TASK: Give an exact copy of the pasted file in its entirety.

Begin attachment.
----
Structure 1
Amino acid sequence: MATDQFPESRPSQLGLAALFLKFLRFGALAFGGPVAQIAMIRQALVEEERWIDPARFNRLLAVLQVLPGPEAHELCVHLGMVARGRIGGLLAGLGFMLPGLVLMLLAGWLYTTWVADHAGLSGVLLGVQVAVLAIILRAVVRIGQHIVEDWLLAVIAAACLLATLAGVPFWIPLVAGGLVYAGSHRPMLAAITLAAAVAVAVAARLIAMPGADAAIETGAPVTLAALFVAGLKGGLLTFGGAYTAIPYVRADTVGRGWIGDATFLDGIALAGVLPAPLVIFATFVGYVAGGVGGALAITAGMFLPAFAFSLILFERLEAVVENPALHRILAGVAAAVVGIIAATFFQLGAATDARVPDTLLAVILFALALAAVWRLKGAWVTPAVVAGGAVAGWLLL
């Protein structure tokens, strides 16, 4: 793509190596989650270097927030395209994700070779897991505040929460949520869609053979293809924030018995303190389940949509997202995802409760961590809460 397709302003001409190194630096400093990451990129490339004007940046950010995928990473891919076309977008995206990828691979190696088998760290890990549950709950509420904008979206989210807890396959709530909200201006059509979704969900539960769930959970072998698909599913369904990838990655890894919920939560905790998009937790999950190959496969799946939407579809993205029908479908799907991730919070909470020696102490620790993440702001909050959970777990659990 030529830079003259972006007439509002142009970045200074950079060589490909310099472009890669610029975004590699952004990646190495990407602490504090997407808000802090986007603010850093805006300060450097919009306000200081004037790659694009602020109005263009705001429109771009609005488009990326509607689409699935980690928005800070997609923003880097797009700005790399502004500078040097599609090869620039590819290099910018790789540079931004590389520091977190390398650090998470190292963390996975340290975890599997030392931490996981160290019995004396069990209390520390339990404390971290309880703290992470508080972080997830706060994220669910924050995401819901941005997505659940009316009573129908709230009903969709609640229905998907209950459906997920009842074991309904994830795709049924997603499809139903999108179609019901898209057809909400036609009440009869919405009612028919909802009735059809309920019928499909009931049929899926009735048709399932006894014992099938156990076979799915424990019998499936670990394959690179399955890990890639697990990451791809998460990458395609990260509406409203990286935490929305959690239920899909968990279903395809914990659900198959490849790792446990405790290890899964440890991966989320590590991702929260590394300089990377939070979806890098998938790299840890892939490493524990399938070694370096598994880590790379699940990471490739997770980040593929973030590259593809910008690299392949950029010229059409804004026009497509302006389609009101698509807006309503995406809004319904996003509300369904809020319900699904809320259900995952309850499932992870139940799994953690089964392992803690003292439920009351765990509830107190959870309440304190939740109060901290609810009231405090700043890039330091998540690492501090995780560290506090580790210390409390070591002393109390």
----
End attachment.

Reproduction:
Structure 1
Amino acid sequence: MATDQFPESRPSQLGLAALFLKFLRFGALAFGGPVAQIAMIRQALVEEERWIDPARFNRLLAVLQVLPGPEAHELCVHLGMVARGRIGGLLAGLGFMLPGLVLMLLAGWLYTTWVADHAGLSGVLLGVQVAVLAIILRAVVRIGQHIVEDWLLAVIAAACLLATLAGVPFWIPLVAGGLVYAGSHRPMLAAITLAAAVAVAVAARLIAMPGADAAIETGAPVTLAALFVAGLKGGLLTFGGAYTAIPYVRADTVGRGWIGDATFLDGIALAGVLPAPLVIFATFVGYVAGGVGGALAITAGMFLPAFAFSLILFERLEAVVENPALHRILAGVAAAVVGIIAATFFQLGAATDARVPDTLLAVILFALALAAVWRLKGAWVTPAVVAGGAVAGWLLL
């Protein structure tokens, strides 16, 4: 793509190596989650270097927030395209994700070779897991505040929460949520869609053979293809924030018995303190389940949509997202995802409760961590809460 397709302003001409190194630096400093990451990129490339004007940046950010995928990473891919076309977008995206990828691979190696088998760290890990549950709950509420904008979206989210807890396959709530909200201006059509979704969900539960769930959970072998698909599913369904990838990655890894919920939560905790998009937790999950190959496969799946939407579809993205029908479908799907991730919070909470020696102490620790993440702001909050959970777990659990 030529830079003259972006007439509002142009970045200074950079060589490909310099472009890669610029975004590699952004990646190495990407602490504090997407808000802090986007603010850093805006300060450097919009306000200081004037790659694009602020109005263009705001429109771009609005488009990326509607689409699935980690928005800070997609923003880097797009700005790399502004500078040097599609090869620039590819290099910018790789540079931004590389520091977190390398650090998470190292963390996975340290975890599997030392931490996981160290019995004396069990209390520390339990404390971290309880703290992470508080972080997830706060994220669910924050995401819901941005997505659940009316009573129908709230009903969709609640229905998907209950459906997920009842074991309904994830795709049924997603499809139903999108179609019901898209057809909400036609009440009869919405009612028919909802009735059809309920019928499909009931049929899926009735048709399932006894014992099938156990076979799915424990019998499936670990394959690179399955890990890639697990990451791809998460990458395609990260509406409203990286935490929305959690239920899909968990279903395809914990659900198959490849790792446990405790290890899964440890991966989320590590991702929260590394300089990377939070979806890098998938790299840890892939490493524990399938070694370096598994880590790379699940990471490739997770980040593929973030590259593809910008690299392949950029010229059409804004026009497509302006389609009101698509807006309503995406809004319904996003509300369904809020319900699904809320259900995952309850499932992870139940799994953690089964392992803690003292439920009351765990509830107190959870309440304190939740109060901290609810009231405090700043890039330091998540690492501090995780560290506090580790210390409390070591002393109390």